Captain Pleads Not Guilty to Manslaughter in CA Boat Fire

FILE - In this Sept. 2, 2019, file photo provided by the Ventura County Fire Department, firefighters respond to a fire aboard the Conception dive boat fire in the Santa Barbara Channel off the coast of Southern California. The Coast Guard signaled Wednesday, Feb. 10, 2021, that it would undertake a series of recommended safety reforms for passenger vessels in the wake of a 2019 scuba dive boat fire that killed 34 people off the California coast, but a top transportation official cautioned that any changes might take years to enact. The blaze broke out aboard the Conception during the final night of a three-day Labor Day weekend scuba diving excursion near Santa Cruz Island off Santa Barbara. The tragedy marked the deadliest marine disaster in California in modern history. (Ventura County Fire Department via AP, File)

LOS ANGELES (AP) — The captain of a scuba diving boat that burned and sank off the California coast, killing 34 people, pleaded not guilty Tuesday to manslaughter charges. 

Jerry Boylan was arraigned in federal court in Los Angeles on 34 counts of seaman’s manslaughter. Each count carries a potential 10-year prison term.

Prosecutors say Boylan failed to follow safety rules before the fire broke out Sept. 2, 2019, on the Conception and led to one of the deadliest maritime disasters in recent U.S. history.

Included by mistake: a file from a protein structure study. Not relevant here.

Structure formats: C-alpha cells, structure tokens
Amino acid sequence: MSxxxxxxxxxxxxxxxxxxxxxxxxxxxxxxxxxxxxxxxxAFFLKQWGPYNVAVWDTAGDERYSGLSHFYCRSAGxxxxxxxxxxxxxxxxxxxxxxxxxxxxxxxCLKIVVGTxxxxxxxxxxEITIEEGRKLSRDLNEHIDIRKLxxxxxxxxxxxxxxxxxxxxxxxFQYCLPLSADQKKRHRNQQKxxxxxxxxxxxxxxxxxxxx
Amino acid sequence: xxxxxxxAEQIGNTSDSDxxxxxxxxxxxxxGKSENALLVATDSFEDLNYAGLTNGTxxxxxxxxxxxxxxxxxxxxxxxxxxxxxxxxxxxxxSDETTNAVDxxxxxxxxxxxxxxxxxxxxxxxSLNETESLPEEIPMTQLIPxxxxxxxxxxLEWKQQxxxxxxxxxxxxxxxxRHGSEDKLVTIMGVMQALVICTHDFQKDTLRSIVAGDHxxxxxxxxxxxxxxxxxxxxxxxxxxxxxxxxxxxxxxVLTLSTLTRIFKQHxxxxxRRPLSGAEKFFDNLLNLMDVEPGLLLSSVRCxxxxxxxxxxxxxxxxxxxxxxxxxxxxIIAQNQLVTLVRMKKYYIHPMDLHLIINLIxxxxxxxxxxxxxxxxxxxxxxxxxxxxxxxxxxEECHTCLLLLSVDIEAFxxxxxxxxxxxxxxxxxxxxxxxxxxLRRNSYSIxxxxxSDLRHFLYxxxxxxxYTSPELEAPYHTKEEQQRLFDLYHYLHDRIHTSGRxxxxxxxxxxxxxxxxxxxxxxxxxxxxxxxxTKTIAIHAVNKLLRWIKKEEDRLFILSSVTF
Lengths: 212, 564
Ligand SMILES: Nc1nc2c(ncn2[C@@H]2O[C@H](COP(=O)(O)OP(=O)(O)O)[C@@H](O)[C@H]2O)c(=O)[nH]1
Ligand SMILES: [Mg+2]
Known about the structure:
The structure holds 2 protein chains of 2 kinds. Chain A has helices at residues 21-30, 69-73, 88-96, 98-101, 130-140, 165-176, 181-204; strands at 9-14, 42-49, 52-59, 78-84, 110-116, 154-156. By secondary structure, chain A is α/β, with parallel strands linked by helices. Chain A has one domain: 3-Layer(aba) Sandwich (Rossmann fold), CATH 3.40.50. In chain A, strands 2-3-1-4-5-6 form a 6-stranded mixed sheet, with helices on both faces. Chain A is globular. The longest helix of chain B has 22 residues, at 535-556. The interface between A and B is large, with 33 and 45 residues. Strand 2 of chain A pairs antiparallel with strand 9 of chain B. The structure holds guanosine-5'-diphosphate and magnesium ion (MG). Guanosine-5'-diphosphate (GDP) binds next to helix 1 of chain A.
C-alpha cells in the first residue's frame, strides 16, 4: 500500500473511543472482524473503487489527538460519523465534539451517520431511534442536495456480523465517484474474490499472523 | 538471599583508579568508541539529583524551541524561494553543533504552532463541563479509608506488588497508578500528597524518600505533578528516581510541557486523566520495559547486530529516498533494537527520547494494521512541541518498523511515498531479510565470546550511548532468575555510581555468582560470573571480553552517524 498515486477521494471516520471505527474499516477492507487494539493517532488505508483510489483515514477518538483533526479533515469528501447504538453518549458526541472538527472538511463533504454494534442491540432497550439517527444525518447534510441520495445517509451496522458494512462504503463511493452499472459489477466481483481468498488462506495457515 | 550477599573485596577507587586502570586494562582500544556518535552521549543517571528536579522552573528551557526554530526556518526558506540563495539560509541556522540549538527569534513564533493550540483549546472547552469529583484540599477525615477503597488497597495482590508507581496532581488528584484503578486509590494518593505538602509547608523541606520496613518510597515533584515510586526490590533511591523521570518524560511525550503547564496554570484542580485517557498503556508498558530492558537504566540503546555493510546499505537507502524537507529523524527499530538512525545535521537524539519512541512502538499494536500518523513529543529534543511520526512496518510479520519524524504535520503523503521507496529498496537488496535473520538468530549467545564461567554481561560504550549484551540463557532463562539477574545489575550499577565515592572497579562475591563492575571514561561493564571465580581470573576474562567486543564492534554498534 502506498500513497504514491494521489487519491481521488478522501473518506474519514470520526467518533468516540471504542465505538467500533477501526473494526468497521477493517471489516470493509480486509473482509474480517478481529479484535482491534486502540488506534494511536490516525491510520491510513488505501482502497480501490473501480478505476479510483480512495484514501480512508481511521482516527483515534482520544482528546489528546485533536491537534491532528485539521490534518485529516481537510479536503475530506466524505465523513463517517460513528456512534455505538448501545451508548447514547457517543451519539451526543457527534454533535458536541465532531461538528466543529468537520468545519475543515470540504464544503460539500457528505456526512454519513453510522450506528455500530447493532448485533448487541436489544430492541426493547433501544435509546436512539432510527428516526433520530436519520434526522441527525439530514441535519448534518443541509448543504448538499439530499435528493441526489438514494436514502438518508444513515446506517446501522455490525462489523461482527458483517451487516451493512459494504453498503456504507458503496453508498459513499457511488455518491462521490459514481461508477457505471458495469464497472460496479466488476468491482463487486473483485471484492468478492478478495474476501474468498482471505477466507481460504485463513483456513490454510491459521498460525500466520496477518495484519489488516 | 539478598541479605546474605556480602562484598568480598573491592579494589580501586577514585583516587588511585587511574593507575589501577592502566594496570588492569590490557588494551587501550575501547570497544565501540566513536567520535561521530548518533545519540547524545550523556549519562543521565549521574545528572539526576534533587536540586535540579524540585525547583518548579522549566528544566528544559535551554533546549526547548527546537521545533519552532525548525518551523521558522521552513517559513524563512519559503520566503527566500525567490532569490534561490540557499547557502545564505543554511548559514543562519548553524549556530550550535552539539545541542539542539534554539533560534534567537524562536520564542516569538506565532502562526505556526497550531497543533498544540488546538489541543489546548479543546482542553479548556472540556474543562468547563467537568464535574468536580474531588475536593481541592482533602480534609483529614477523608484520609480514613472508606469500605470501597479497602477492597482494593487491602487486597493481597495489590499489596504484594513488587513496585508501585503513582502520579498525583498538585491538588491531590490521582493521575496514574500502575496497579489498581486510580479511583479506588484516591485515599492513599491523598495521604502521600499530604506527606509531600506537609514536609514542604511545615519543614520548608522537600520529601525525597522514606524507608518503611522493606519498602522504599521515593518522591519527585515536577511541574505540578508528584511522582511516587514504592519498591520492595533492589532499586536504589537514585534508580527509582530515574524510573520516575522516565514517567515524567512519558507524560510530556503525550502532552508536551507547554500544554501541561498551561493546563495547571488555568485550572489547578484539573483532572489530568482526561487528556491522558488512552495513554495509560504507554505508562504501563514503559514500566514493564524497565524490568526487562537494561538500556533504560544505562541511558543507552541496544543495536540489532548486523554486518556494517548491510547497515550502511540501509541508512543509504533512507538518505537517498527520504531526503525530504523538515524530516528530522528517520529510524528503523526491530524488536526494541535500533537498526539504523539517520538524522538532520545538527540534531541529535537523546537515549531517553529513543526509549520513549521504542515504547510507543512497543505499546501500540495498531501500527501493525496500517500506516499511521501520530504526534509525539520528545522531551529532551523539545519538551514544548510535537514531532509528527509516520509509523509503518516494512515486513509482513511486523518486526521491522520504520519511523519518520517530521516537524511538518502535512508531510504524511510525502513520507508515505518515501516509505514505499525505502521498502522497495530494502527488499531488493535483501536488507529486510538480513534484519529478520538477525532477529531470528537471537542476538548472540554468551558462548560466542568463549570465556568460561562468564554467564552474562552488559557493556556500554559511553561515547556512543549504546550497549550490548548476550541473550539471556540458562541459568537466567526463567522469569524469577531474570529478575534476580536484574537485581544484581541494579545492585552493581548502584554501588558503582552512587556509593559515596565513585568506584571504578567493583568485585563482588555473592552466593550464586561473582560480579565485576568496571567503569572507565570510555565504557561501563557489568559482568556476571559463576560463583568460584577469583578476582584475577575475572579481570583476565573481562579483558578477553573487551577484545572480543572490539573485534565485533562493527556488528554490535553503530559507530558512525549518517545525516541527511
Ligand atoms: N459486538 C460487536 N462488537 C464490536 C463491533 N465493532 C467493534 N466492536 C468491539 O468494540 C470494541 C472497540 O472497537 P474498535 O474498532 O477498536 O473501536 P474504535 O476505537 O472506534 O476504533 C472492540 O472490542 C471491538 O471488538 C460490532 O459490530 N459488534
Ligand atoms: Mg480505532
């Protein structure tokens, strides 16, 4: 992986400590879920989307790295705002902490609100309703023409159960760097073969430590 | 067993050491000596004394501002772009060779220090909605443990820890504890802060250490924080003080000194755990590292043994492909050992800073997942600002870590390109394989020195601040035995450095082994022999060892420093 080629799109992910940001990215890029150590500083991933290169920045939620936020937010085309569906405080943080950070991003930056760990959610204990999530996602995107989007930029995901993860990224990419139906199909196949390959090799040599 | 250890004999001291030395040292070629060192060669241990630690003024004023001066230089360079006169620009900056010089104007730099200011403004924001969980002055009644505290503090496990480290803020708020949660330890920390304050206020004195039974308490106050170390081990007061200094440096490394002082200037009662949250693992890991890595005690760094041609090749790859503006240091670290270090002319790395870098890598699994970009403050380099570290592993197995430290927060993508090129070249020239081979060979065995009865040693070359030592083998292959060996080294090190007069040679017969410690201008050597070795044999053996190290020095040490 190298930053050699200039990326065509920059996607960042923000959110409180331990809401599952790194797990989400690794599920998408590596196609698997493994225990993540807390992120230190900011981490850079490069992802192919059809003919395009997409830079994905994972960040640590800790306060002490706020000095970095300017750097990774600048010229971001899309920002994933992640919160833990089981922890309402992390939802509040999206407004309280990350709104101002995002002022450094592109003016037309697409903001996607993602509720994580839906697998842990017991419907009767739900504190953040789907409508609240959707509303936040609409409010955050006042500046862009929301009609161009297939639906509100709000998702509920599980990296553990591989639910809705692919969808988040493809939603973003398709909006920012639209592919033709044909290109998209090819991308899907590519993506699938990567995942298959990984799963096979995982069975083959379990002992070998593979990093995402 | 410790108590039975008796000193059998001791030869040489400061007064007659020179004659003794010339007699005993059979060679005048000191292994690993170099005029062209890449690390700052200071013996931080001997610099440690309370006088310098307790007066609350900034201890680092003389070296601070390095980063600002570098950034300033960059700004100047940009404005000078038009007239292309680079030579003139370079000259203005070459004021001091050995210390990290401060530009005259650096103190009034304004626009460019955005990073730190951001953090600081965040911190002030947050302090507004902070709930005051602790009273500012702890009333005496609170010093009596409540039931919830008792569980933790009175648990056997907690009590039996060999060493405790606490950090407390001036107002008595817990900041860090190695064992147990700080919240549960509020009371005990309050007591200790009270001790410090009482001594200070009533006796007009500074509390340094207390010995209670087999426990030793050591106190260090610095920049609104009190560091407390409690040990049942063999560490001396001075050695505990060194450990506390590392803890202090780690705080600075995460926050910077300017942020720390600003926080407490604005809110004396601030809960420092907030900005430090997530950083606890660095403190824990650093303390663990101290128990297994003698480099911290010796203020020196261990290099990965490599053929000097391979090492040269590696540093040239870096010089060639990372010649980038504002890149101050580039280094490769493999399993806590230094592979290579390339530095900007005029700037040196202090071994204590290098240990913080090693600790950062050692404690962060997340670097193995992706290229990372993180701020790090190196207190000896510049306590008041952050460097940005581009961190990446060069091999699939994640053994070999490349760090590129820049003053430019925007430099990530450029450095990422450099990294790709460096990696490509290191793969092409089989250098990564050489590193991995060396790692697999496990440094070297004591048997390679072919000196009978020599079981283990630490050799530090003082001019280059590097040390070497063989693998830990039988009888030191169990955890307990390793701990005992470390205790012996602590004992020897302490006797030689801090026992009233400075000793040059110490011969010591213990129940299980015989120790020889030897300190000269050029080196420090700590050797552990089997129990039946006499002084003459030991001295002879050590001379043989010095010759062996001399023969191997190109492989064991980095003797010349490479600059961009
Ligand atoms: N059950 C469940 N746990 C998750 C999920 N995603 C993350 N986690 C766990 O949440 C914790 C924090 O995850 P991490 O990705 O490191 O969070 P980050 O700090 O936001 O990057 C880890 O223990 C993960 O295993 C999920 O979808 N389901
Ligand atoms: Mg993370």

Boylan was accused of “misconduct, negligence and inattention” by failing to train his crew, conduct fire drills and have a roving night watchman on the boat when the fire ignited.

The rare federal charges against Boylan were brought under a pre-Civil War law designed to hold steamboat captains and crew responsible for maritime disasters that were much more frequent at the time.

Boylan and four other crew members, who had all been sleeping, escaped from the fiery boat after the captain made a panicked mayday call.

All 33 passengers and one crew member died in the bunkroom below deck, some wearing shoes that led to speculation they were trying to escape. Officials said they were trapped by flames that blocked a stairwell and a small hatch that were the only exits. All died of smoke inhalation, according to coroner’s reports.

Federal safety investigators blamed the owners of the vessel, Truth Aquatics Inc., for a lack of oversight, though they have not been charged with a crime. 

Truth Aquatics has sued in federal court under a provision in maritime law to avoid payouts to the families of the victims. The families of 32 victims have filed claims against boat owners Glen and Dana Fritzler and the company. 

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